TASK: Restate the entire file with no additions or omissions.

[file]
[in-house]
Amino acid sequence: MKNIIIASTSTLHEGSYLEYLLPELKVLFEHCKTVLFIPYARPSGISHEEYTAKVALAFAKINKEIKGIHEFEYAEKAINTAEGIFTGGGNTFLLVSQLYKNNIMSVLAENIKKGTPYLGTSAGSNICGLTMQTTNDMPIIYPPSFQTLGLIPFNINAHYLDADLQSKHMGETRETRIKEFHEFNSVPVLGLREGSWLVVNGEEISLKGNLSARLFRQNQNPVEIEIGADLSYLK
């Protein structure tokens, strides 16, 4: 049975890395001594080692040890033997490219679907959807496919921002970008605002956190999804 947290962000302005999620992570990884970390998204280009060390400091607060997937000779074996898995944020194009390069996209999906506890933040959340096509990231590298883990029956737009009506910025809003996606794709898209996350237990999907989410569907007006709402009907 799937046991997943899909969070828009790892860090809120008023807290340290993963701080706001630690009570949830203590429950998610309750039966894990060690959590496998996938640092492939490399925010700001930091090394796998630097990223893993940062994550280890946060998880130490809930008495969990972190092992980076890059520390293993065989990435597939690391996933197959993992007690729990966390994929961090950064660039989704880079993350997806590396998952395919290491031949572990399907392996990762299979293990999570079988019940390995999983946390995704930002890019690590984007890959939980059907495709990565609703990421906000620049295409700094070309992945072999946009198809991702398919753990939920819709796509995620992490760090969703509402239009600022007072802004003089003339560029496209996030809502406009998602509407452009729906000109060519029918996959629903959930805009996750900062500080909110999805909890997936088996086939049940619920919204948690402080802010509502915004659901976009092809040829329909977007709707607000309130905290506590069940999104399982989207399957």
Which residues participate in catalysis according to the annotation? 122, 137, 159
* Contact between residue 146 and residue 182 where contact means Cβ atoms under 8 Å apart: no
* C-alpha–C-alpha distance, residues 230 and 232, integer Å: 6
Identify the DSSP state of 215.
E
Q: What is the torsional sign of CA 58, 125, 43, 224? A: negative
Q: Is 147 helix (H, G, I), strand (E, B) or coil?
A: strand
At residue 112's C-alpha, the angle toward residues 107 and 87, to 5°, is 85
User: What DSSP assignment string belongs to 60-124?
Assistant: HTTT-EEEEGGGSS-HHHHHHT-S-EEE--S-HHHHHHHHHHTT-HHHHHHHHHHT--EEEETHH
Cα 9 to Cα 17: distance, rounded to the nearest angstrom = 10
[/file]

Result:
[in-house]
Amino acid sequence: MKNIIIASTSTLHEGSYLEYLLPELKVLFEHCKTVLFIPYARPSGISHEEYTAKVALAFAKINKEIKGIHEFEYAEKAINTAEGIFTGGGNTFLLVSQLYKNNIMSVLAENIKKGTPYLGTSAGSNICGLTMQTTNDMPIIYPPSFQTLGLIPFNINAHYLDADLQSKHMGETRETRIKEFHEFNSVPVLGLREGSWLVVNGEEISLKGNLSARLFRQNQNPVEIEIGADLSYLK
């Protein structure tokens, strides 16, 4: 049975890395001594080692040890033997490219679907959807496919921002970008605002956190999804 947290962000302005999620992570990884970390998204280009060390400091607060997937000779074996898995944020194009390069996209999906506890933040959340096509990231590298883990029956737009009506910025809003996606794709898209996350237990999907989410569907007006709402009907 799937046991997943899909969070828009790892860090809120008023807290340290993963701080706001630690009570949830203590429950998610309750039966894990060690959590496998996938640092492939490399925010700001930091090394796998630097990223893993940062994550280890946060998880130490809930008495969990972190092992980076890059520390293993065989990435597939690391996933197959993992007690729990966390994929961090950064660039989704880079993350997806590396998952395919290491031949572990399907392996990762299979293990999570079988019940390995999983946390995704930002890019690590984007890959939980059907495709990565609703990421906000620049295409700094070309992945072999946009198809991702398919753990939920819709796509995620992490760090969703509402239009600022007072802004003089003339560029496209996030809502406009998602509407452009729906000109060519029918996959629903959930805009996750900062500080909110999805909890997936088996086939049940619920919204948690402080802010509502915004659901976009092809040829329909977007709707607000309130905290506590069940999104399982989207399957």
Which residues participate in catalysis according to the annotation? 122, 137, 159
* Contact between residue 146 and residue 182 where contact means Cβ atoms under 8 Å apart: no
* C-alpha–C-alpha distance, residues 230 and 232, integer Å: 6
Identify the DSSP state of 215.
E
Q: What is the torsional sign of CA 58, 125, 43, 224? A: negative
Q: Is 147 helix (H, G, I), strand (E, B) or coil?
A: strand
At residue 112's C-alpha, the angle toward residues 107 and 87, to 5°, is 85
User: What DSSP assignment string belongs to 60-124?
Assistant: HTTT-EEEEGGGSS-HHHHHHT-S-EEE--S-HHHHHHHHHHTT-HHHHHHHHHHT--EEEETHH
Cα 9 to Cα 17: distance, rounded to the nearest angstrom = 10